My Testimony - Mark Grantham

December 01, 2023

My name is Mark Grantham, and this is my testimony.


Growing up, I loved spending time outdoors. With five kids in our family, there was never a question of whether we’d have weekend plans. We were always going somewhere to pursue outdoor recreation. But when I was twenty-four, I suffered a spinal cord injury that changed the course of my life. I had always worked hard to stay in great physical shape. But I went from playing sports and engaging with the outdoors several times a week to spending most of my energy on the basics of daily living.


I remember reaching my lowest point, lying in bed during an ice storm that first winter after my injury. How could I pick up the threads of my old life? There was no going back. And going forward would take a deliberate decision. Would I let this tragedy overwhelm me? Or would I ask God for the grace to bear up under it? Eventually, I cried out to God: “No matter what happens, I will serve You. No matter what happens, You are the source of my strength.” I didn’t have power over my circumstances. I still don’t. But they’ve shown me who I am and who God is.


In the Sermon on the Mount, Jesus explained the ins and outs of God’s kingdom and how His children should live in this world. At the end of His message, Jesus explained the wisdom of not just listening to His teachings but following them. It’s like building a house, He said. A foolish person might build their house on sand—flimsy beliefs that shift with every wave or breeze. But a wise person builds their house on solid rock—the unshakeable foundation of God’s truth. When the rain pours down on that house—and it will . . . When the floodwaters rise higher and higher—and they will . . . When the wind starts blowing like a hurricane . . . and guess what, it will . . . That person’s house won’t collapse. That person’s faith won’t collapse. It’s built on solid rock.


I can’t imagine going through this journey without a personal relationship with Jesus. I’ve learned firsthand that God can use a crisis to pull our focus toward Him. When disaster hits, distractions are silenced. We start to realize what really matters. Then we have to choose how to live in light of that revelation. For me, the choice is made. I don’t think of my accident as loss, but as experience and knowledge dearly gained.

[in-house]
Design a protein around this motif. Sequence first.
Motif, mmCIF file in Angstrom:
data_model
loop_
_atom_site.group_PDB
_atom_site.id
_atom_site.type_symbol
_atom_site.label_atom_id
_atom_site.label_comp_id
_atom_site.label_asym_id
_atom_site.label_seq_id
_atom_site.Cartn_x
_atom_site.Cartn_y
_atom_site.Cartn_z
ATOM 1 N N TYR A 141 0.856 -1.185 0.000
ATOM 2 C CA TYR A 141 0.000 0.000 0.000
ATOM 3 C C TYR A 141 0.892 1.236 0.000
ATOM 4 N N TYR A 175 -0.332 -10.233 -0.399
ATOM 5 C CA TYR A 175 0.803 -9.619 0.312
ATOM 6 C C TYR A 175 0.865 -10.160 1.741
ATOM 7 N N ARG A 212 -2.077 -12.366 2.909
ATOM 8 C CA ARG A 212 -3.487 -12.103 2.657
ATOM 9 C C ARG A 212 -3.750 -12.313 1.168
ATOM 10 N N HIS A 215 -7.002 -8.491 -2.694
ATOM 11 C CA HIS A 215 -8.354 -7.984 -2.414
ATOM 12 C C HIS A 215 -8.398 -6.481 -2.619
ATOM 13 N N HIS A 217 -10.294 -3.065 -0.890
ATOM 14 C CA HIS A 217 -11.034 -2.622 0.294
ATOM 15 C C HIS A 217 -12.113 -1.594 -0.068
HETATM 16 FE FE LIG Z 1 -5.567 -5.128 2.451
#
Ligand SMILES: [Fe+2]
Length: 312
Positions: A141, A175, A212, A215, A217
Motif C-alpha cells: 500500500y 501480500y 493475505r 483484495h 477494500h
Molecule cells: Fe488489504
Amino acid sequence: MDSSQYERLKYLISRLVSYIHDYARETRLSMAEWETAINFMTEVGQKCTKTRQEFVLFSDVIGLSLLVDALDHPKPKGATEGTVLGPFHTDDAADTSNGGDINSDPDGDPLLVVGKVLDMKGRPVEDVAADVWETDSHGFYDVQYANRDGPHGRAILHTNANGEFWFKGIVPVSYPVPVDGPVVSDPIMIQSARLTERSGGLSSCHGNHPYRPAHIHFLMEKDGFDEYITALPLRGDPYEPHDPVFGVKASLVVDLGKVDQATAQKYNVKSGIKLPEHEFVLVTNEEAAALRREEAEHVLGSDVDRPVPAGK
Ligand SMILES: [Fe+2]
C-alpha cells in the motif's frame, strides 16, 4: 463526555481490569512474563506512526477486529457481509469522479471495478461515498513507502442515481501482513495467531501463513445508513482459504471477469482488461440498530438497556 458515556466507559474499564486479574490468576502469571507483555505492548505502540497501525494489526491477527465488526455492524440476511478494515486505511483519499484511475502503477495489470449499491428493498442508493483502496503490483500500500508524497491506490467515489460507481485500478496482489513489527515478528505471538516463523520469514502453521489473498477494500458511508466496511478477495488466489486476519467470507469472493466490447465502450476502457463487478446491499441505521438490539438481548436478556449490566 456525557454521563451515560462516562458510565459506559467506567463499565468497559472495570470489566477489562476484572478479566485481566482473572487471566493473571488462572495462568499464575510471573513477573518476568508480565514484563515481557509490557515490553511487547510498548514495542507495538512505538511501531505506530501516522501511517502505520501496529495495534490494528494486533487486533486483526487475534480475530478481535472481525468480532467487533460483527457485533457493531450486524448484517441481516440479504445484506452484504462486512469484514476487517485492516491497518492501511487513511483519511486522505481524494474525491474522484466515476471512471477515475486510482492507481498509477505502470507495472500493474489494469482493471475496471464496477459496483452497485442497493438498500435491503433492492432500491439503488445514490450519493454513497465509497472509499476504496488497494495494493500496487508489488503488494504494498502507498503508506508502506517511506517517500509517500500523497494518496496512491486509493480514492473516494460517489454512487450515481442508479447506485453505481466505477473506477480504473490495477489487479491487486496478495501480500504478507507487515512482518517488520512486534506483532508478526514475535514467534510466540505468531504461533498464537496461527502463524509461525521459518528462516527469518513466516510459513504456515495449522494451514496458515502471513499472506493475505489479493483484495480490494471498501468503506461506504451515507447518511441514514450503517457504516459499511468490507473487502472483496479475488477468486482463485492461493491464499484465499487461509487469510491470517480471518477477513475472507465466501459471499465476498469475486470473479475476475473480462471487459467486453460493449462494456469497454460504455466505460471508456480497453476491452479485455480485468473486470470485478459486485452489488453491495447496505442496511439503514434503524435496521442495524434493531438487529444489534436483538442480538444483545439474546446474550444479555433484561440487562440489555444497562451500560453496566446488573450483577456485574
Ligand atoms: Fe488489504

Many times, I’ve smiled outwardly while grieving inwardly. I have memories from another life. I live in constant tension between happiness about what I’m able to do and sadness about how different things are. But my life is built on God’s truth. I can say the words of the Beatitudes with total confidence—God really does bless those who realize their need for Him. He does comfort those who mourn. He does provide daily bread—and everything else I need—when I seek Him first.


My life is full, even if it looks different now. My love for nature has never faded, and now I get to share it with my beautiful wife Renée. God has even given me the opportunity to help other differently abled people enjoy nature with accessible boating, kayaking, canoeing, and fishing.


Doing all these outdoor activities I love to do is an outward expression of my inward contentment. I have joy that springs out of sadness. I have healing that grows out of hurt. My life isn’t built on the sandy foundations of what I feel and what I think is fair, but on the solid foundation of God’s immovable truth.


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